Yukon Geoscience - Looking to the Next Millennium

Yukon Geoscience - Looking to the Next Millennium Four years after the first Yukon Geoscience Planning Workshop (the Marsh Lake Workshop, Yukon Geoscience - A Blueprint for the Future, Yukon Geology Program, March, 1995), forty-two representatives of industry, academia, and government met at the High Country Inn in Whitehorse to re-examine the state of Yukon geoscience. Over two days, with the expert facilitation of Steve Morison, Gartner Lee Ltd., the participants reviewed the first plan, the work that was done since 1995, and produced a new set of priorities to guide Yukon geoscience into the next millenium. The 1999 Yukon Geoscience Planning Workshop had a format similar to the 1995 workshop and many of the original participants were able to attend. This continuity greatly added to the quality and credibility of the input. The organization of this Workshop differed only slightly from the first. It began with introductory remarks from Mr. Maurice Albert, Deputy Minister of Economic Development, Government of Yukon; Carl Schulze, President of the Yukon Chamber of Mines; and Mike McDougall, President of the Yukon Placer Miners Association. Background information included an overview of the Marsh Lake workshop and progress to date; and update of Yukon oil and gas by Dave Downing; and an overview of recent advances in Yukon geology by Steve Gordey, Lionel Jackson and Craig Hart. On the afternoon of the first day, participants were divided into four groups to discuss:: 1) 'Hard-rock' bedrock mapping; 2) 'Soft-rock' bedrock mapping; 3) Surficial mapping and placer research; and 4) Mineral deposit studies, geophysical surveys and geochemical surveys. Each group was asked to re-examine the needs and priorities outlined in the Marsh Lake Document in light of the progress made over the last four years and the changed environment for geoscience. The groups reassembled on the morning of the second day to report and discuss priorites. The meeting adjourned at noon with group leaders remaining to write their reports in the afternoon. 2021-11-02 Government of Yukon geology@gov.yk.ca Science and TechnologyYukon Geological Survey Reportother https://data.geology.gov.yk.ca/reference/42316 Original metadata (https://open.yukon.ca)HTML https://open.yukon.ca/data/datasets/yukon-geoscience-looking-next-millennium

Four years after the first Yukon Geoscience Planning Workshop (the Marsh Lake Workshop, Yukon Geoscience - A Blueprint for the Future, Yukon Geology Program, March, 1995), forty-two representatives of industry, academia, and government met at the High Country Inn in Whitehorse to re-examine the state of Yukon geoscience. Over two days, with the expert facilitation of Steve Morison, Gartner Lee Ltd., the participants reviewed the first plan, the work that was done since 1995, and produced a new set of priorities to guide Yukon geoscience into the next millenium. The 1999 Yukon Geoscience Planning Workshop had a format similar to the 1995 workshop and many of the original participants were able to attend. This continuity greatly added to the quality and credibility of the input. The organization of this Workshop differed only slightly from the first. It began with introductory remarks from Mr. Maurice Albert, Deputy Minister of Economic Development, Government of Yukon; Carl Schulze, President of the Yukon Chamber of Mines; and Mike McDougall, President of the Yukon Placer Miners Association. Background information included an overview of the Marsh Lake workshop and progress to date; and update of Yukon oil and gas by Dave Downing; and an overview of recent advances in Yukon geology by Steve Gordey, Lionel Jackson and Craig Hart. On the afternoon of the first day, participants were divided into four groups to discuss:: 1) 'Hard-rock' bedrock mapping; 2) 'Soft-rock' bedrock mapping; 3) Surficial mapping and placer research; and 4) Mineral deposit studies, geophysical surveys and geochemical surveys. Each group was asked to re-examine the needs and priorities outlined in the Marsh Lake Document in light of the progress made over the last four years and the changed environment for geoscience. The groups reassembled on the morning of the second day to report and discuss priorites. The meeting adjourned at noon with group leaders remaining to write their reports in the afternoon.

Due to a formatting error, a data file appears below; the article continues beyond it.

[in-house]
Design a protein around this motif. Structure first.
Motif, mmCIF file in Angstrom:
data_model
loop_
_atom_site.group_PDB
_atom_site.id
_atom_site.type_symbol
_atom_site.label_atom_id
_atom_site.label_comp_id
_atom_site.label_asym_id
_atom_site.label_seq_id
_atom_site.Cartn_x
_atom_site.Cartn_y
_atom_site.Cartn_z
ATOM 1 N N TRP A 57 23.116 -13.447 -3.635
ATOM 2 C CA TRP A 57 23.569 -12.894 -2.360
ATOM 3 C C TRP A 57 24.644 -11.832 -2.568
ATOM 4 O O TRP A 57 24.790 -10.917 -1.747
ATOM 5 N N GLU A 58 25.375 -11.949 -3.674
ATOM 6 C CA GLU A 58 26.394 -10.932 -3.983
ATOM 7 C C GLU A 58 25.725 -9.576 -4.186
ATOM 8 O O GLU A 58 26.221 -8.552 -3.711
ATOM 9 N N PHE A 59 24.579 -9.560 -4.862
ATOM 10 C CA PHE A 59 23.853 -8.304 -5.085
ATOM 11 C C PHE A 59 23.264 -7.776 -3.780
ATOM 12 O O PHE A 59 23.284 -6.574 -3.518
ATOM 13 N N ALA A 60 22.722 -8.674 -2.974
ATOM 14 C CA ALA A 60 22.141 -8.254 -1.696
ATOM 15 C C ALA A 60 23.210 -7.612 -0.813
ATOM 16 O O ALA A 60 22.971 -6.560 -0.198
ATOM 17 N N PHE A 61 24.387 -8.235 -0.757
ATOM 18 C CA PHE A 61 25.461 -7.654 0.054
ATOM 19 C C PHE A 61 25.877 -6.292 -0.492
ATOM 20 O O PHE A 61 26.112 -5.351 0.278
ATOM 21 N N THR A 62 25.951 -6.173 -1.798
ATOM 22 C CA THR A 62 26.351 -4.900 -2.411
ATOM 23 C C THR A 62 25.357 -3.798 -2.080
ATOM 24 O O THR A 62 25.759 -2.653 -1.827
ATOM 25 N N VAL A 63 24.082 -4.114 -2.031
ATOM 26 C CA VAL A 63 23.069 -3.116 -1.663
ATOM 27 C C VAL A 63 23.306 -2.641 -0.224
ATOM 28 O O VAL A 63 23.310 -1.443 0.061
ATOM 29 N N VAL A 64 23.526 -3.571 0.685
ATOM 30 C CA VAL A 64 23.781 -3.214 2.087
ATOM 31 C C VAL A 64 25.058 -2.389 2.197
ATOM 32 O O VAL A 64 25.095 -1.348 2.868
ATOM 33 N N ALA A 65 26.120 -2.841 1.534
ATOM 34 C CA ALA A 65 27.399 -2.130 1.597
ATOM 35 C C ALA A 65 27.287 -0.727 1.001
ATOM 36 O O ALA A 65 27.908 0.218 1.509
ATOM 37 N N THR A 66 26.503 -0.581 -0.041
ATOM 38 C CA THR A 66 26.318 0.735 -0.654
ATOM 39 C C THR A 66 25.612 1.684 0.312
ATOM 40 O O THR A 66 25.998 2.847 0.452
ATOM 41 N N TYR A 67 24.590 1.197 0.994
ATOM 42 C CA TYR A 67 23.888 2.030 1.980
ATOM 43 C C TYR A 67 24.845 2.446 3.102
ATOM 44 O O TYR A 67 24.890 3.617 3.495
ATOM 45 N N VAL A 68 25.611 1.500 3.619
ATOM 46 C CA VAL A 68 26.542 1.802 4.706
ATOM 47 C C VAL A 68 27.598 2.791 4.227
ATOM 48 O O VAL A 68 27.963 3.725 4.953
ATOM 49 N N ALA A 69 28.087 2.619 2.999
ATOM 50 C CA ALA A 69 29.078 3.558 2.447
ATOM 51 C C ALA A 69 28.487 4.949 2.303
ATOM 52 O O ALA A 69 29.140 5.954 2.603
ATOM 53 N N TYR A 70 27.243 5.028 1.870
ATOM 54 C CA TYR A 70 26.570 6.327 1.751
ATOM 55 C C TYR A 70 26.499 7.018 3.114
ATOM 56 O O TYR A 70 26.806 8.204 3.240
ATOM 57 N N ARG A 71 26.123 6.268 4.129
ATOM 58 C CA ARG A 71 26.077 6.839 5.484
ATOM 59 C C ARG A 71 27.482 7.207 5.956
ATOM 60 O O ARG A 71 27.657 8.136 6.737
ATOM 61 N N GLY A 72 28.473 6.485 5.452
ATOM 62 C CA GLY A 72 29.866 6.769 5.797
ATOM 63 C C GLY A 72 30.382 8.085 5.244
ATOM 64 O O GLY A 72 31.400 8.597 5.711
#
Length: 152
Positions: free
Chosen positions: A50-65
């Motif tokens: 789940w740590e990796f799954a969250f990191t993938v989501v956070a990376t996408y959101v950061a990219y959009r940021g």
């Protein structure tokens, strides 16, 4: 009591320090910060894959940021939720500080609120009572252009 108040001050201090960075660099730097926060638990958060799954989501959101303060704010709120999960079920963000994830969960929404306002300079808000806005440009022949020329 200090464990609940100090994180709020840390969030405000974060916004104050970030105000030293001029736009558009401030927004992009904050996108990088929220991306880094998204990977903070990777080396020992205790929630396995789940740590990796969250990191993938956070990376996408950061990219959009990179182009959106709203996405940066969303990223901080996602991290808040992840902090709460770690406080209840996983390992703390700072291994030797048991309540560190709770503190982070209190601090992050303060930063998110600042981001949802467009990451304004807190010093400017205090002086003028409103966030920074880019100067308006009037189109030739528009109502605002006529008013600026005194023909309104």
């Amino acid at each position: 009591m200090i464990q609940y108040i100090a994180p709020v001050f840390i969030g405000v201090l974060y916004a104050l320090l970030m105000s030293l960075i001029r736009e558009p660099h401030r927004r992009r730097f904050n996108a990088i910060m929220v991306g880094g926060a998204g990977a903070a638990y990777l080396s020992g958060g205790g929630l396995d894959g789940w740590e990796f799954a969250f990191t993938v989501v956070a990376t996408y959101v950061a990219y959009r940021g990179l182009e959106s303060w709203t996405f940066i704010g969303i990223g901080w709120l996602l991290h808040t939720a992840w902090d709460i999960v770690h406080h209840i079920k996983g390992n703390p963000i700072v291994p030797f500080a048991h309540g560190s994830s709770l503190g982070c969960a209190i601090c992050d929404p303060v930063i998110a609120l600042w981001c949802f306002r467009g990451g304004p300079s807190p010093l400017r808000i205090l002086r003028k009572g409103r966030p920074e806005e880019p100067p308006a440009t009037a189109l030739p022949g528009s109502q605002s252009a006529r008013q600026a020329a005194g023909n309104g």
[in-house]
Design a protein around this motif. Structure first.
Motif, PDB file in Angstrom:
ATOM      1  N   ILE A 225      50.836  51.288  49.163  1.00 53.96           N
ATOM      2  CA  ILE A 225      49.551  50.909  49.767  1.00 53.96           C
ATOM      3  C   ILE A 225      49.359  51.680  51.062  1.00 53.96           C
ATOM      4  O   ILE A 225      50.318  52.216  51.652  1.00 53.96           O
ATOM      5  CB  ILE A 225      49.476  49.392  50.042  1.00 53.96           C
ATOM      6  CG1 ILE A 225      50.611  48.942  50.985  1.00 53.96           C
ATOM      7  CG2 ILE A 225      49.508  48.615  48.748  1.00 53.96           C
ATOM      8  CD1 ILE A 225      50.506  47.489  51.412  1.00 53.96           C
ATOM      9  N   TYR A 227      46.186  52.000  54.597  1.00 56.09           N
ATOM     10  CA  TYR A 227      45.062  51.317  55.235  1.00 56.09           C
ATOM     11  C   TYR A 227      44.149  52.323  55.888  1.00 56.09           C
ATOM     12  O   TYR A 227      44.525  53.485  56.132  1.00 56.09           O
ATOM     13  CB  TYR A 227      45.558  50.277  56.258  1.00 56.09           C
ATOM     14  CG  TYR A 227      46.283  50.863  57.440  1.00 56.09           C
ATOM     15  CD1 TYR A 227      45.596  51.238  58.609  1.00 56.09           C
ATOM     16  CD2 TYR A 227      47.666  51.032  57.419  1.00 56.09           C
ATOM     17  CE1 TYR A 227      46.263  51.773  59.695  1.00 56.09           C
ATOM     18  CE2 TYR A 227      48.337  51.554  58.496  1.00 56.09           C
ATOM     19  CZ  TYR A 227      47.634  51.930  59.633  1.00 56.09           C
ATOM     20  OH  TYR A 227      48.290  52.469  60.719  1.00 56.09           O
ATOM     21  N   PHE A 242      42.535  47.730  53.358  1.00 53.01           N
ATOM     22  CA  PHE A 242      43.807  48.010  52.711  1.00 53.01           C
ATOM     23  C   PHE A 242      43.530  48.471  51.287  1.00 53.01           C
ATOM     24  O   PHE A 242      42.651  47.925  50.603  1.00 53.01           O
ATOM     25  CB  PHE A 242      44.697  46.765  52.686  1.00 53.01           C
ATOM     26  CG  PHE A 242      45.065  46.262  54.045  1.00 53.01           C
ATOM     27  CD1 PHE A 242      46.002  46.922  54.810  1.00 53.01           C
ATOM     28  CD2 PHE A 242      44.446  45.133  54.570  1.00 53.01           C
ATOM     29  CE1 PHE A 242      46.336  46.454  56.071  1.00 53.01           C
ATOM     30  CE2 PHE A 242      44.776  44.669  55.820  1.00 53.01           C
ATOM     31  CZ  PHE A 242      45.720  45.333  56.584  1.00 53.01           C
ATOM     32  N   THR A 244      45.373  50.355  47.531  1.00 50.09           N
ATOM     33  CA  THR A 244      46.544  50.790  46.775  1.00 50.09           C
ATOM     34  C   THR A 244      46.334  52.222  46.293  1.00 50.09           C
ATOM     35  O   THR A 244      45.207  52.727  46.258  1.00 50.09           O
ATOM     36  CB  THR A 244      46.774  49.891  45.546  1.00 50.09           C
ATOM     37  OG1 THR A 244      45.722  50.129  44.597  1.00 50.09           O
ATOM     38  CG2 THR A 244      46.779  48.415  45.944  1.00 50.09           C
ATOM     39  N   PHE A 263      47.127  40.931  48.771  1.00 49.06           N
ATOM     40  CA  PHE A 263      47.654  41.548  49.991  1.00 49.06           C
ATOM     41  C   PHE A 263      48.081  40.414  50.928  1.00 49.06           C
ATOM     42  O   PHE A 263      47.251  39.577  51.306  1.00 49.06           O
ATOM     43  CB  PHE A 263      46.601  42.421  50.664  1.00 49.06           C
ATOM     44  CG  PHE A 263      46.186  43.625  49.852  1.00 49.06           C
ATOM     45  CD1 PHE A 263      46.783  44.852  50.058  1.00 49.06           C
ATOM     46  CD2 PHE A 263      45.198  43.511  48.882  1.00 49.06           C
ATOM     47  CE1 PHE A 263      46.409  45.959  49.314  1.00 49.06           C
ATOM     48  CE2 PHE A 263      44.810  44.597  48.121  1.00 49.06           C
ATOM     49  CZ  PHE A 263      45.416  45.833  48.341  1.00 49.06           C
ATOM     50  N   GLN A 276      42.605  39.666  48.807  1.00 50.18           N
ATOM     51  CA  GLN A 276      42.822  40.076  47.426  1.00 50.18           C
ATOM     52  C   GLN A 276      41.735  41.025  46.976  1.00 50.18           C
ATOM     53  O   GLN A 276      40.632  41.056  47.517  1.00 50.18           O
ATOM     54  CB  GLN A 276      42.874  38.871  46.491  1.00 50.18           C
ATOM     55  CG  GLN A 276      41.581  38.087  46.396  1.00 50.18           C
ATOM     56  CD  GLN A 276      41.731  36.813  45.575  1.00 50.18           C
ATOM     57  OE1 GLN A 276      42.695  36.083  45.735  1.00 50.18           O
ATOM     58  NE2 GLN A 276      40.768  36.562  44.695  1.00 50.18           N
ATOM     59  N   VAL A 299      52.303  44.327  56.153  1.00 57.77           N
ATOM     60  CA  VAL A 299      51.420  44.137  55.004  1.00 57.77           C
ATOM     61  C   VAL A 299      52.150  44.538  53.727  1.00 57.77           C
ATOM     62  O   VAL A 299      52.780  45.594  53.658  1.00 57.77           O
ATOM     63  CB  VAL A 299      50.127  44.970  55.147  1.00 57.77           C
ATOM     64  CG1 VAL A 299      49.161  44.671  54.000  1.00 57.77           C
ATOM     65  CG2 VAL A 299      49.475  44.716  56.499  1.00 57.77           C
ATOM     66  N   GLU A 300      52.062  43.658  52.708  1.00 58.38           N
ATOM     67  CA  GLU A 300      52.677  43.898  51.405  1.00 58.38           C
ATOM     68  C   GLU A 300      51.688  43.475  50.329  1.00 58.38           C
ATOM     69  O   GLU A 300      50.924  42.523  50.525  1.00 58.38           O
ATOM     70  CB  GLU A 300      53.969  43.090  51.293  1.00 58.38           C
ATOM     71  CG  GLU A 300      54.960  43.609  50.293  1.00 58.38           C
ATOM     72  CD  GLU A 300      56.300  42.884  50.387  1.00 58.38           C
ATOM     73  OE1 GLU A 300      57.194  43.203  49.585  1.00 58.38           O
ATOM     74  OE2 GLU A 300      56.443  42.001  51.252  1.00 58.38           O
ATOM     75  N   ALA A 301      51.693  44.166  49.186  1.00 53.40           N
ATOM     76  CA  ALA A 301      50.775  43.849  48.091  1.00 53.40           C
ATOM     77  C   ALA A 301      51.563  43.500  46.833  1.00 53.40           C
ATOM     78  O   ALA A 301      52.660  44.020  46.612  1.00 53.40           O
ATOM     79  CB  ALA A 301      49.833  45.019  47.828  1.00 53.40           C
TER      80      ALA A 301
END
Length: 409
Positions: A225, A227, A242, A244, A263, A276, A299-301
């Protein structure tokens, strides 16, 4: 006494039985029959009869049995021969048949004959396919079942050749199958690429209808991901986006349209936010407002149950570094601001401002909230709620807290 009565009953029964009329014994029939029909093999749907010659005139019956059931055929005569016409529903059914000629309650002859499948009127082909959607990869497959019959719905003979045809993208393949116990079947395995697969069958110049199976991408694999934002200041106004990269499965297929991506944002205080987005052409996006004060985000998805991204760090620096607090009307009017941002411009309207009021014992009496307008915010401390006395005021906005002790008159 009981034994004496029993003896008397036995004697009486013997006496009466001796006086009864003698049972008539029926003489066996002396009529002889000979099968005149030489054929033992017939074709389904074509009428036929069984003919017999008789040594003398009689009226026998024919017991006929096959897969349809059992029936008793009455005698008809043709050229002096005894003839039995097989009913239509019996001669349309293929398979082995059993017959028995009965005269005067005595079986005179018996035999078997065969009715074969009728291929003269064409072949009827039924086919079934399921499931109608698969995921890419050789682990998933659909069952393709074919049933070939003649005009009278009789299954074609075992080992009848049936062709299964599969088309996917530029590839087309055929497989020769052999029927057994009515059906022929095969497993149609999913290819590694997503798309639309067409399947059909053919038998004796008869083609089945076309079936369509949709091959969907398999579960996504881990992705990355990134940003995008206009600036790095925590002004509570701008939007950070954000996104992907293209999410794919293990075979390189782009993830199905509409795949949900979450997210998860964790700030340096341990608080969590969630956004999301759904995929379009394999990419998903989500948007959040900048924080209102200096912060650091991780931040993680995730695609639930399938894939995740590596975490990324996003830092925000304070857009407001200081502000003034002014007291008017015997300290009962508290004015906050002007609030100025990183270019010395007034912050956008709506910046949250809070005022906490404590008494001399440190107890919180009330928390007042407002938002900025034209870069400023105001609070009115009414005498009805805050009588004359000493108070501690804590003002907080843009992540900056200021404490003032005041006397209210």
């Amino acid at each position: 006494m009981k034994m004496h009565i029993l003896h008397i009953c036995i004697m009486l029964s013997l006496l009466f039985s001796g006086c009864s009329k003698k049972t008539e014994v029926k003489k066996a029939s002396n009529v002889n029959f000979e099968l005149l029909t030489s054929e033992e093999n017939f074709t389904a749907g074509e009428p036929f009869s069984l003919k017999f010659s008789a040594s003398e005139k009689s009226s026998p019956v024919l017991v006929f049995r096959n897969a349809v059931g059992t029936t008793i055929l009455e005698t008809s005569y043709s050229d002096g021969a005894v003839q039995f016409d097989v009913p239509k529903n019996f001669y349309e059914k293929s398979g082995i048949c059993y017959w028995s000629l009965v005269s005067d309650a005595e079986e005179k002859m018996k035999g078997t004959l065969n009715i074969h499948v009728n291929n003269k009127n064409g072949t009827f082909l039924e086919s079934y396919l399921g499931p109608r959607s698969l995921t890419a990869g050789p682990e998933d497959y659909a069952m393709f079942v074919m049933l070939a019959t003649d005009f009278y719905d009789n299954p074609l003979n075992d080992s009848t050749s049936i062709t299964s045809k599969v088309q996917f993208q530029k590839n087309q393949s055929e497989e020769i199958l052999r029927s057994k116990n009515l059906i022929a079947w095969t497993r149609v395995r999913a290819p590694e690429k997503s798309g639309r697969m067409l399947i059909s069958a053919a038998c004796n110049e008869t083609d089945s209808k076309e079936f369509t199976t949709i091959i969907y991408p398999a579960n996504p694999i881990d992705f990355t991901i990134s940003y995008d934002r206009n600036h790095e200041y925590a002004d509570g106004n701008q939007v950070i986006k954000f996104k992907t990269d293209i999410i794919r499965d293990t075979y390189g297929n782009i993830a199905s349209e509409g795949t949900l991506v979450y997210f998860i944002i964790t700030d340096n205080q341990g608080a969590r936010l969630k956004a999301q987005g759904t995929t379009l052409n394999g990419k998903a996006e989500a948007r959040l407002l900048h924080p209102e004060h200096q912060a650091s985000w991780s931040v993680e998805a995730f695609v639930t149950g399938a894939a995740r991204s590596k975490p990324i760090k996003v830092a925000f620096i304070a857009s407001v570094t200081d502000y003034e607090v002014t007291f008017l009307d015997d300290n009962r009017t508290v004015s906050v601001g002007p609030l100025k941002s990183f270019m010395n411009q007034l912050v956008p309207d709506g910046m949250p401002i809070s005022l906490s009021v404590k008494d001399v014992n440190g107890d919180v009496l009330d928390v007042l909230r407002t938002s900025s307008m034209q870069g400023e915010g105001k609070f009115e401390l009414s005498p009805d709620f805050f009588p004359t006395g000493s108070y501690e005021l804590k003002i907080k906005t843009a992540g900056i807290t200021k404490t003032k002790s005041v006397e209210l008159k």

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Electronic Mail Address: geology@gov.yk.ca

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